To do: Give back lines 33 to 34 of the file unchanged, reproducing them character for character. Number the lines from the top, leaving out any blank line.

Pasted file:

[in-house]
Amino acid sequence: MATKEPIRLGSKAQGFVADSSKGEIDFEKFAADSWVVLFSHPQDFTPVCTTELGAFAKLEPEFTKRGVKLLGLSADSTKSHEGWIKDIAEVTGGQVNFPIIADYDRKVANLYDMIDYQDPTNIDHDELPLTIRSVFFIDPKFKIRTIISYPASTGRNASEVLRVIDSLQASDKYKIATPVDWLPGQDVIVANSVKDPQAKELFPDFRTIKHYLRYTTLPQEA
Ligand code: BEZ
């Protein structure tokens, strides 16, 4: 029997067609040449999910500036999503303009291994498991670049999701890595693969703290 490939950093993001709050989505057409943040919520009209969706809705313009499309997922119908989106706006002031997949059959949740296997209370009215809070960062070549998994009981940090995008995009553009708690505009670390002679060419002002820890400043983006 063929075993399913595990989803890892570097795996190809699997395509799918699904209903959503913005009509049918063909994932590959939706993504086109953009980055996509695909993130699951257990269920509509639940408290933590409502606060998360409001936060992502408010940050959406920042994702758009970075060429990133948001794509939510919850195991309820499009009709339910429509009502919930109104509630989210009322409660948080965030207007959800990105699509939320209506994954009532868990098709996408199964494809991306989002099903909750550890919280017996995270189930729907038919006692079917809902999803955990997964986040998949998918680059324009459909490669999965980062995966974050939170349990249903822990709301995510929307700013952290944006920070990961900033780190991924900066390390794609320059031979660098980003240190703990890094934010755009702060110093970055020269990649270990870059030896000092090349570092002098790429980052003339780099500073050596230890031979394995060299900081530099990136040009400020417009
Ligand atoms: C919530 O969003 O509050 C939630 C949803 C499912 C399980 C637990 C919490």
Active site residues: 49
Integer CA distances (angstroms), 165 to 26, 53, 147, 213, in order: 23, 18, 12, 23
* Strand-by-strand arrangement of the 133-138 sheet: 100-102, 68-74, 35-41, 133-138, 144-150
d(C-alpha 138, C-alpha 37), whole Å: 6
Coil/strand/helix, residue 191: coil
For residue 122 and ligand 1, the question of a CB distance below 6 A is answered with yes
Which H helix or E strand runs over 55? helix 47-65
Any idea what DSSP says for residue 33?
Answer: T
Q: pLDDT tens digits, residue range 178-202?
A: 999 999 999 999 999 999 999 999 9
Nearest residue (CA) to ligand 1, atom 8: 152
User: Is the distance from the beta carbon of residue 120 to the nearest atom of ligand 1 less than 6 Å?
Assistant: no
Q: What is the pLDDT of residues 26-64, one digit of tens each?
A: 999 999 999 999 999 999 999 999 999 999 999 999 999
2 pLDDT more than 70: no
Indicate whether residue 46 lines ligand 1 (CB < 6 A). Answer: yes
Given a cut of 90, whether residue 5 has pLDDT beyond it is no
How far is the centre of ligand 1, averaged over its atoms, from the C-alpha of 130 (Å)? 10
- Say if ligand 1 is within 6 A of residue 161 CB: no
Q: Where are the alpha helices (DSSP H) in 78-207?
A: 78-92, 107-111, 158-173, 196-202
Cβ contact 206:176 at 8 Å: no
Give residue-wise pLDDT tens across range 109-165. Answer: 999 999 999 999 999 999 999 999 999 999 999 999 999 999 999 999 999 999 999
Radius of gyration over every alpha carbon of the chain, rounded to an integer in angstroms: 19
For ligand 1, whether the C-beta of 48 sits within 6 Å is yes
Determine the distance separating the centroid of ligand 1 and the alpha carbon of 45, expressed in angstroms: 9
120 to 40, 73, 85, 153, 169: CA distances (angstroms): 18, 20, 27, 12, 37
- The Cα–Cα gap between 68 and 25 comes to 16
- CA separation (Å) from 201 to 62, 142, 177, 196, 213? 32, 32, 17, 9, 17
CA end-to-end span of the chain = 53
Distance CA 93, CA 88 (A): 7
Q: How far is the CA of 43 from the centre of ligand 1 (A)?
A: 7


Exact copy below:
Determine the distance separating the centroid of ligand 1 and the alpha carbon of 45, expressed in angstroms: 9
120 to 40, 73, 85, 153, 169: CA distances (angstroms): 18, 20, 27, 12, 37